An insourcing boom?

Jan 2009
5,841
50
#1
Interesting article from the Atlantic: http://www.theatlantic.com/magazine/archive/2012/12/the-insourcing-boom/309166/?single_page=true

tldr, from the article on what is contributing to this:
-Oil prices are three times what they were in 2000, making cargo-ship fuel much more expensive now than it was then.

-The natural-gas boom in the U.S. has dramatically lowered the cost for running something as energy-intensive as a factory here at home. (Natural gas now costs four times as much in Asia as it does in the U.S.)

-In dollars, wages in China are some five times what they were in 2000—and they are expected to keep rising 18 percent a year.

-American unions are changing their priorities. Appliance Park’s union was so fractious in the ’70s and ’80s that the place was known as “Strike City.” That same union agreed to a two-tier wage scale in 2005—and today, 70 percent of the jobs there are on the lower tier, which starts at just over $13.50 an hour, almost $8 less than what the starting wage used to be.

-U.S. labor productivity has continued its long march upward, meaning that labor costs have become a smaller and smaller proportion of the total cost of finished goods. You simply can’t save much money chasing wages anymore.
 
Oct 2012
3,830
625
Louisville, Ky
#3
Every year here (Louisville), Appliance Park and GE have a major job fair and hire thousands...between GE and Ford, we do seem to have a boom going on.
 
Jan 2009
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#4
I still say we should be trying to automate the economy.
Read the last bullet point- increased labor productivity is surely partly due to greater automation.

Automation is already happening as the price mechanism and capital allows it to. Doesn't bode well for the unemployment rate though.
 
Jul 2009
5,679
412
Opa Locka
#5
Read the last bullet point- increased labor productivity is surely partly due to greater automation.

Automation is already happening as the price mechanism and capital allows it to. Doesn't bode well for the unemployment rate though.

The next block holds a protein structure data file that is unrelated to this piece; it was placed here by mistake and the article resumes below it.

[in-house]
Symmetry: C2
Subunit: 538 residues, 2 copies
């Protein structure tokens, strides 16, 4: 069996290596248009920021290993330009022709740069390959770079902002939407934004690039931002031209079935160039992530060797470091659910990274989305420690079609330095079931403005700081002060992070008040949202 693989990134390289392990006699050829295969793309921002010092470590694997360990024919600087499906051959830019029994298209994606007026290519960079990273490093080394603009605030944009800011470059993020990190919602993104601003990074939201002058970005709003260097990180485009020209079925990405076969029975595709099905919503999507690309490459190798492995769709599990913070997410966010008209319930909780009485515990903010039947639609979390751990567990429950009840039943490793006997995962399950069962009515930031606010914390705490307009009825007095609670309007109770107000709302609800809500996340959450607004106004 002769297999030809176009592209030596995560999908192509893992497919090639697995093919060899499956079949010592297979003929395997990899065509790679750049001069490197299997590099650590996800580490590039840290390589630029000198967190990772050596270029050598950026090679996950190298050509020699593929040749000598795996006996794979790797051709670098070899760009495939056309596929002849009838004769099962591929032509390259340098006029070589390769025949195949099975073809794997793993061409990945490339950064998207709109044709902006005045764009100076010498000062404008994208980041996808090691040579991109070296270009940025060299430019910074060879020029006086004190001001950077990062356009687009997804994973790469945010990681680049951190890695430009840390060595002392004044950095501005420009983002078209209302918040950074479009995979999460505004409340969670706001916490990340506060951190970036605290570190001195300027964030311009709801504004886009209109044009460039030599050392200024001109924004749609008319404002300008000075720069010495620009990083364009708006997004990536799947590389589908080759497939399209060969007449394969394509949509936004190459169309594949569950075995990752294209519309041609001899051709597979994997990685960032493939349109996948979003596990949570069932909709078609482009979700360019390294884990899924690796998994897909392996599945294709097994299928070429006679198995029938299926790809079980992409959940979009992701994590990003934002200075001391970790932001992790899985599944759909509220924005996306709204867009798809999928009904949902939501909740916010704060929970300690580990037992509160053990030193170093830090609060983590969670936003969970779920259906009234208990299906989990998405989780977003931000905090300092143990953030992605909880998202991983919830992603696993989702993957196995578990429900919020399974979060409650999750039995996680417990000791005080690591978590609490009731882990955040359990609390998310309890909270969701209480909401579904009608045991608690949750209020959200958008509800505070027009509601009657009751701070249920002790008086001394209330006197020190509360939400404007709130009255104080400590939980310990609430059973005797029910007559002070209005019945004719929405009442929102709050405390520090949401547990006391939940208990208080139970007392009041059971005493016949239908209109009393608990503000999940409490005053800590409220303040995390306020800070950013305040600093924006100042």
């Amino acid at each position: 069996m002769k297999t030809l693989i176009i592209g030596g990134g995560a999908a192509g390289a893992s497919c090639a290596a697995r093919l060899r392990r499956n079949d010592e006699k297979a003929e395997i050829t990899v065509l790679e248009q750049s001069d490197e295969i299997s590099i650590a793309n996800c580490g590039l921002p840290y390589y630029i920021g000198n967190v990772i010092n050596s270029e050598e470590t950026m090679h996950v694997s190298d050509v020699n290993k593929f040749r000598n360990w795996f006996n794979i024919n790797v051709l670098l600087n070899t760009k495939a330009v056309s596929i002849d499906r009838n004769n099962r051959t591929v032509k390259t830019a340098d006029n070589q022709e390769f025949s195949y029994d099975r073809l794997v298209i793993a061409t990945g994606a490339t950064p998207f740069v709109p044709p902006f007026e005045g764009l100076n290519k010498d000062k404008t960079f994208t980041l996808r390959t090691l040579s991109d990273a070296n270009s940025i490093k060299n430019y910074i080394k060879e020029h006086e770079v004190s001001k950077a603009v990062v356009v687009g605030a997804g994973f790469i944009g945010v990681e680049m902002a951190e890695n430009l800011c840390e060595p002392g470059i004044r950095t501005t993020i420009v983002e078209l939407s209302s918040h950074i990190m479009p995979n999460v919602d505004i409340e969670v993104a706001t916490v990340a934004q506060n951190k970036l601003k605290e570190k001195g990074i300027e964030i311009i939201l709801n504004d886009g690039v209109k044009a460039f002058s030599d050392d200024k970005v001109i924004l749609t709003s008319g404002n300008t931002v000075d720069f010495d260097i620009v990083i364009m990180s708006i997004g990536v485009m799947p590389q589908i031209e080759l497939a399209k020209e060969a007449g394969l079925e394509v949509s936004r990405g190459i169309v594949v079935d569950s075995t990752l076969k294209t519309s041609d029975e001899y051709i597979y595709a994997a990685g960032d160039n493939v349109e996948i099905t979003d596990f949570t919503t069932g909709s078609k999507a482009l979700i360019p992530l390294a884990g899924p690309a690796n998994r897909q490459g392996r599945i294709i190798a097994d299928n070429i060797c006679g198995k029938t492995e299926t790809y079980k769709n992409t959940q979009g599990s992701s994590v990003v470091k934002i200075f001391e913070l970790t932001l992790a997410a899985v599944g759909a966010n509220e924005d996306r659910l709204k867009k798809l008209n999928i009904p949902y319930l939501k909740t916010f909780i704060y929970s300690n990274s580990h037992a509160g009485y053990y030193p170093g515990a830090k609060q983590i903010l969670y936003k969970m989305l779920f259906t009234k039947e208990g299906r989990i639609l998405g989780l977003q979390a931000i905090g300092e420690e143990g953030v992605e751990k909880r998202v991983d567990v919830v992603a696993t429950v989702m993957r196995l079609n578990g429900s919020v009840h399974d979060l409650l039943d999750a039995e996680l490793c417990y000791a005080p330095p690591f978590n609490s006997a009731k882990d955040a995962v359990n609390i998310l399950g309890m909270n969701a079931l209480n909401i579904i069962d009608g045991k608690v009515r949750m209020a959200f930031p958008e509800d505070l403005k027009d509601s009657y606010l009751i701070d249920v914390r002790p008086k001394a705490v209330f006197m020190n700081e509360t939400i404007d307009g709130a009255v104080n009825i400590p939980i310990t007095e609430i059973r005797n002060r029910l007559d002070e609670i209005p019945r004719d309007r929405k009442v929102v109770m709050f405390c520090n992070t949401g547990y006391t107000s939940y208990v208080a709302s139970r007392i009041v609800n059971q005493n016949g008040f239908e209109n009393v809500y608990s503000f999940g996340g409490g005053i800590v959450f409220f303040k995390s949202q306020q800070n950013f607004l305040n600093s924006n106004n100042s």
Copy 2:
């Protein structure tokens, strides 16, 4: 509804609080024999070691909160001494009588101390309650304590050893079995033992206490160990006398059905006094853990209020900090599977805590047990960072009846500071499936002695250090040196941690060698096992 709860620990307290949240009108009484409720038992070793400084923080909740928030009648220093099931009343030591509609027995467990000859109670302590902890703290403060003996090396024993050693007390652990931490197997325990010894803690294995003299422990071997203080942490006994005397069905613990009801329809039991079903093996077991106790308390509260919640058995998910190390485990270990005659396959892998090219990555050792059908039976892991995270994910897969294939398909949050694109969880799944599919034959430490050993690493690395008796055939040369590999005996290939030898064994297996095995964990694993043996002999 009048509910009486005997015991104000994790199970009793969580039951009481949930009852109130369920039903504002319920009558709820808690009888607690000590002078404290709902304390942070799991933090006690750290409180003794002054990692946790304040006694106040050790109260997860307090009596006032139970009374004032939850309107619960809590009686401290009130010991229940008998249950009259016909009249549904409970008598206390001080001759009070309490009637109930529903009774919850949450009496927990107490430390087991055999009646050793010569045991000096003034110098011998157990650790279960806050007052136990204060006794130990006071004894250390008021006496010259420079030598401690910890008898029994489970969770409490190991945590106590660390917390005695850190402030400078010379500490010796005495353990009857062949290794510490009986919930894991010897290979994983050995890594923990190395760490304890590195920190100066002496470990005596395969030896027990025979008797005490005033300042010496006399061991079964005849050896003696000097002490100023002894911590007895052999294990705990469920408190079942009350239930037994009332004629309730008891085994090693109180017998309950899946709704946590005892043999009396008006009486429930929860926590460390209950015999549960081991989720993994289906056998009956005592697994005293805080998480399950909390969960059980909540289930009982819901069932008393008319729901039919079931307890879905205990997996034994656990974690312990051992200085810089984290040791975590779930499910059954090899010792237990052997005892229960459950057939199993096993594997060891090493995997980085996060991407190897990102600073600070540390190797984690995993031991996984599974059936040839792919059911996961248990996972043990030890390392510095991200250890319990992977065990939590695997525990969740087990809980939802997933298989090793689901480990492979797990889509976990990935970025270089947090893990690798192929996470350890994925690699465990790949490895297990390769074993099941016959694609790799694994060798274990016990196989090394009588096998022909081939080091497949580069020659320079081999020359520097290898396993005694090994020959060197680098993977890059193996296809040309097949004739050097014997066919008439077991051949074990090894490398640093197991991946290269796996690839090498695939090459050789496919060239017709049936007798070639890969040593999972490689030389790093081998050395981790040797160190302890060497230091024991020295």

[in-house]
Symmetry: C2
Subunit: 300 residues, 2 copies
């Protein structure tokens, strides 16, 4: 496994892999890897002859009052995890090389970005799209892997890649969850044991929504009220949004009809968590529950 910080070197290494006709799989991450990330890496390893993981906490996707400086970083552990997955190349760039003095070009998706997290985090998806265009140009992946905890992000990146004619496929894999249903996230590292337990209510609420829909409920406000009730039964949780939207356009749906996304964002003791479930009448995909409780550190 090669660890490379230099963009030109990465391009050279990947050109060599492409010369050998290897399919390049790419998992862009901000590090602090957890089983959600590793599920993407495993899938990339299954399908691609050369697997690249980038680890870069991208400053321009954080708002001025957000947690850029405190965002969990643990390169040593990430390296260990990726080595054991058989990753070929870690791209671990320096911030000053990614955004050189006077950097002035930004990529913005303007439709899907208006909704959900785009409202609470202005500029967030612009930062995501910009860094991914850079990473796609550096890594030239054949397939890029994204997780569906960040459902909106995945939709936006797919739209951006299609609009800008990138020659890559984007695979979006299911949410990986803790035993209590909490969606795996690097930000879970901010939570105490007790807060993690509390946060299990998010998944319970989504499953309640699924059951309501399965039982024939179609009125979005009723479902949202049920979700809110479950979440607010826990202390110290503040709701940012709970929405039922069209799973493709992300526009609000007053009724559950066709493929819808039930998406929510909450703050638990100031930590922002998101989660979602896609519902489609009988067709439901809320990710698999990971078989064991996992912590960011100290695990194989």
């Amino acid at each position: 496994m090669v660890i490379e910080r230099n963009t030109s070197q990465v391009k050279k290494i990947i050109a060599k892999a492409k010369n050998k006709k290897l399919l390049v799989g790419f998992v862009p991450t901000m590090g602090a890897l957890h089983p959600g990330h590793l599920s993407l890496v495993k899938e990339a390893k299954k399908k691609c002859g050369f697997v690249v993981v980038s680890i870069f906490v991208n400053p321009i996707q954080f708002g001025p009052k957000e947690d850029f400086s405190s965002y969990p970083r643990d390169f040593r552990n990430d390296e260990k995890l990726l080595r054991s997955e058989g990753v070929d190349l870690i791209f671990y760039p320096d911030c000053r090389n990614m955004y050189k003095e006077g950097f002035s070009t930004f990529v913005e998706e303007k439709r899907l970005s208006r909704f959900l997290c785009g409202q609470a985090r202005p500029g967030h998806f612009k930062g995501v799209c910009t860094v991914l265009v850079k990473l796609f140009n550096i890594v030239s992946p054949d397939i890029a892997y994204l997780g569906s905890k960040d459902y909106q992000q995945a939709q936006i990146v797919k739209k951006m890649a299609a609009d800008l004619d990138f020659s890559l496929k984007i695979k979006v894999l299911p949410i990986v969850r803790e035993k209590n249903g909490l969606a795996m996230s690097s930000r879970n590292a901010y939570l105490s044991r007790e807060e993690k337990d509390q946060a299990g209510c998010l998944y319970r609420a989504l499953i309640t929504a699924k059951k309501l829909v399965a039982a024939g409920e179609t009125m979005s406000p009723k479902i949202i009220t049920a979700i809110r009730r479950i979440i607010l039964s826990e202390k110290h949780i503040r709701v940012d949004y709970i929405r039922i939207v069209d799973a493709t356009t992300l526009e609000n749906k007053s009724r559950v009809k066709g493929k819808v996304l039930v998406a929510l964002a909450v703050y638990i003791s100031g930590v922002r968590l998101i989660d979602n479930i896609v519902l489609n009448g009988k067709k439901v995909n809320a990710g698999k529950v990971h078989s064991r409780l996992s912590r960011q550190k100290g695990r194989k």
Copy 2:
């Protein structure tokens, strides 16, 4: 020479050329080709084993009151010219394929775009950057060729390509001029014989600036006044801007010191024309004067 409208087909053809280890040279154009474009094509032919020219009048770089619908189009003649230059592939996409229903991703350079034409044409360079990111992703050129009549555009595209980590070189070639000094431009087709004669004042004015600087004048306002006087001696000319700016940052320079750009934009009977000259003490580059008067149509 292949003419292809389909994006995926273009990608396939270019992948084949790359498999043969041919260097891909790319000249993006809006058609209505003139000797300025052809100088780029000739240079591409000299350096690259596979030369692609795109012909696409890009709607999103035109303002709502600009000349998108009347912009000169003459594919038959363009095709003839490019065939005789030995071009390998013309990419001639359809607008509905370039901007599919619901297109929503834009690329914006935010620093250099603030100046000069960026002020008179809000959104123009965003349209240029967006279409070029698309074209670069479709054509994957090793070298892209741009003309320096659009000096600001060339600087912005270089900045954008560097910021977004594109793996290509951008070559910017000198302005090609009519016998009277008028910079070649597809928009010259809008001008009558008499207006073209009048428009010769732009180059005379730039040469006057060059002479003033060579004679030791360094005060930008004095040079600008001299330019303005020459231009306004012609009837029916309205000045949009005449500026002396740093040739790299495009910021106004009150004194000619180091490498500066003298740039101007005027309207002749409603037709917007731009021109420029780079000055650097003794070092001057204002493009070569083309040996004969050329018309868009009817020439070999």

Human labor is obsolete. As automation drives down costs, the need for money will lessen allowing people to buy more with less money. In 50 years having a part time job or just being a handyman will be all that anyone needs to survive comfortably. The trick is to keep the education system up to date so people can get jobs as scientists and engineers.
 
Jan 2009
5,841
50
#6
Human labor is obsolete.
Not true. At least not yet. Ever been to a hospital (amongst many other places, but that just pops into my head)?

As automation drives down costs, the need for money will lessen allowing people to buy more with less money.
Money is a store of value and unit of exchange. Less or more money doesn't really have anything to do with automation. I think you mean the cost of products will be lower.

In 50 years having a part time job or just being a handyman will be all that anyone needs to survive comfortably.
It is really arguable. Give property rights, someone will own the factories, robots, etc. That leaves those who were working without a job and without property. What do they use to buy things? Automation generally favors capital holders than capital seekers.

The trick is to keep the education system up to date so people can get jobs as scientists and engineers.
Well that is quite a "trick". I am not sure you can get x billion+ people to all be scientists or engineers- not only will everyone not be able to make it through school, but you need further growth in innovation areas to employ those people. The transition is also very hard from the modern economy to that highly skilled one. There are a lot of upfront costs with education, etc.

And what happens when skilled jobs get replaced by AI and robots? Interesting conundrum.
 

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